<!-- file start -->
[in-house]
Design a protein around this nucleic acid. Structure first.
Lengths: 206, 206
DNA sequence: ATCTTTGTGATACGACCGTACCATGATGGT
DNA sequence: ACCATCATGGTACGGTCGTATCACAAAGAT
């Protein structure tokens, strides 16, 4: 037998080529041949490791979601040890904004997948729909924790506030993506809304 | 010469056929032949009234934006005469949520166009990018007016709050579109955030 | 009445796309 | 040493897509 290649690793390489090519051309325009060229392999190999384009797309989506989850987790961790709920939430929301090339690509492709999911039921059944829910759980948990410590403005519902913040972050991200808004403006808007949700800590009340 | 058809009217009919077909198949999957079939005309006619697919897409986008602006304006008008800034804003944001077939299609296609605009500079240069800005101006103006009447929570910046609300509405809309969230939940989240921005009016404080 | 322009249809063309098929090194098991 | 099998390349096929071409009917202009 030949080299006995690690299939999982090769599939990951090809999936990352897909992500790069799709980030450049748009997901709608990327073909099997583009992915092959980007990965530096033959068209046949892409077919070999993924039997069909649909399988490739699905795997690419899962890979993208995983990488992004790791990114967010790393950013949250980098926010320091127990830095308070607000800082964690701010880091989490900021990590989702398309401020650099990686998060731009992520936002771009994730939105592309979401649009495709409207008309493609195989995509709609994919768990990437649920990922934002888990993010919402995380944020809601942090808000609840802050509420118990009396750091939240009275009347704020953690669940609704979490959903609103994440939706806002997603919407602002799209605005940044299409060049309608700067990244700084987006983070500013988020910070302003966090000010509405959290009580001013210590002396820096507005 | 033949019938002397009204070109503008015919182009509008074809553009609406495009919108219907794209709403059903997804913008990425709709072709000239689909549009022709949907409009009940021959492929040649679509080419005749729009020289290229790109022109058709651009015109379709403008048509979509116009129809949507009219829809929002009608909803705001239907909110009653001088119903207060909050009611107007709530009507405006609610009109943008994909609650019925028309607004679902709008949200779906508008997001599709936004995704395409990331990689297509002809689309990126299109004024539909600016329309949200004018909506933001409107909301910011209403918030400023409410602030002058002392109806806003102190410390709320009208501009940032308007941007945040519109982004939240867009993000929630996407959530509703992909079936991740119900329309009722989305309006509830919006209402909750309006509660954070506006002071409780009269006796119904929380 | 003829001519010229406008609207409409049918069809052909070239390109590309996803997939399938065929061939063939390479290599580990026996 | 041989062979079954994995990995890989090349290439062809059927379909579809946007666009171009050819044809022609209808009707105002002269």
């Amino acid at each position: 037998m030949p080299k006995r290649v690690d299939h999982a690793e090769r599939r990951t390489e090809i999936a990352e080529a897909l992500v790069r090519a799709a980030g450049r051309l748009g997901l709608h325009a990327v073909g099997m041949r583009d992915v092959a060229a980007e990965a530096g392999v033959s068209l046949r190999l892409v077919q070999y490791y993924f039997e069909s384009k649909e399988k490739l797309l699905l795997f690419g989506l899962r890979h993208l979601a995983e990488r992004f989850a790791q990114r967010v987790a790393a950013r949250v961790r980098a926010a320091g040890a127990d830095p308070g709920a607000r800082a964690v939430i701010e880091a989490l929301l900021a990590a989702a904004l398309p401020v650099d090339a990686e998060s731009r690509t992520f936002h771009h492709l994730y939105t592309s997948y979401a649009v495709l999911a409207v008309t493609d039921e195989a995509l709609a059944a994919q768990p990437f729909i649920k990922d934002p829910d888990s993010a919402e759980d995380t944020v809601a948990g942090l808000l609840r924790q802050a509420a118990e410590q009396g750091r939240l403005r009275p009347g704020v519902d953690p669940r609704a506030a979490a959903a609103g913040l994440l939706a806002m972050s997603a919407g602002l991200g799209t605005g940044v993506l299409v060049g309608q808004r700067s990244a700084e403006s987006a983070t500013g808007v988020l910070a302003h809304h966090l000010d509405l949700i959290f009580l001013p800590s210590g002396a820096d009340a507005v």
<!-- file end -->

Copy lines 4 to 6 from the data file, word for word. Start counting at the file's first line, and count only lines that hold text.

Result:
DNA sequence: ATCTTTGTGATACGACCGTACCATGATGGT
DNA sequence: ACCATCATGGTACGGTCGTATCACAAAGAT
């Protein structure tokens, strides 16, 4: 037998080529041949490791979601040890904004997948729909924790506030993506809304 | 010469056929032949009234934006005469949520166009990018007016709050579109955030 | 009445796309 | 040493897509 290649690793390489090519051309325009060229392999190999384009797309989506989850987790961790709920939430929301090339690509492709999911039921059944829910759980948990410590403005519902913040972050991200808004403006808007949700800590009340 | 058809009217009919077909198949999957079939005309006619697919897409986008602006304006008008800034804003944001077939299609296609605009500079240069800005101006103006009447929570910046609300509405809309969230939940989240921005009016404080 | 322009249809063309098929090194098991 | 099998390349096929071409009917202009 030949080299006995690690299939999982090769599939990951090809999936990352897909992500790069799709980030450049748009997901709608990327073909099997583009992915092959980007990965530096033959068209046949892409077919070999993924039997069909649909399988490739699905795997690419899962890979993208995983990488992004790791990114967010790393950013949250980098926010320091127990830095308070607000800082964690701010880091989490900021990590989702398309401020650099990686998060731009992520936002771009994730939105592309979401649009495709409207008309493609195989995509709609994919768990990437649920990922934002888990993010919402995380944020809601942090808000609840802050509420118990009396750091939240009275009347704020953690669940609704979490959903609103994440939706806002997603919407602002799209605005940044299409060049309608700067990244700084987006983070500013988020910070302003966090000010509405959290009580001013210590002396820096507005 | 033949019938002397009204070109503008015919182009509008074809553009609406495009919108219907794209709403059903997804913008990425709709072709000239689909549009022709949907409009009940021959492929040649679509080419005749729009020289290229790109022109058709651009015109379709403008048509979509116009129809949507009219829809929002009608909803705001239907909110009653001088119903207060909050009611107007709530009507405006609610009109943008994909609650019925028309607004679902709008949200779906508008997001599709936004995704395409990331990689297509002809689309990126299109004024539909600016329309949200004018909506933001409107909301910011209403918030400023409410602030002058002392109806806003102190410390709320009208501009940032308007941007945040519109982004939240867009993000929630996407959530509703992909079936991740119900329309009722989305309006509830919006209402909750309006509660954070506006002071409780009269006796119904929380 | 003829001519010229406008609207409409049918069809052909070239390109590309996803997939399938065929061939063939390479290599580990026996 | 041989062979079954994995990995890989090349290439062809059927379909579809946007666009171009050819044809022609209808009707105002002269």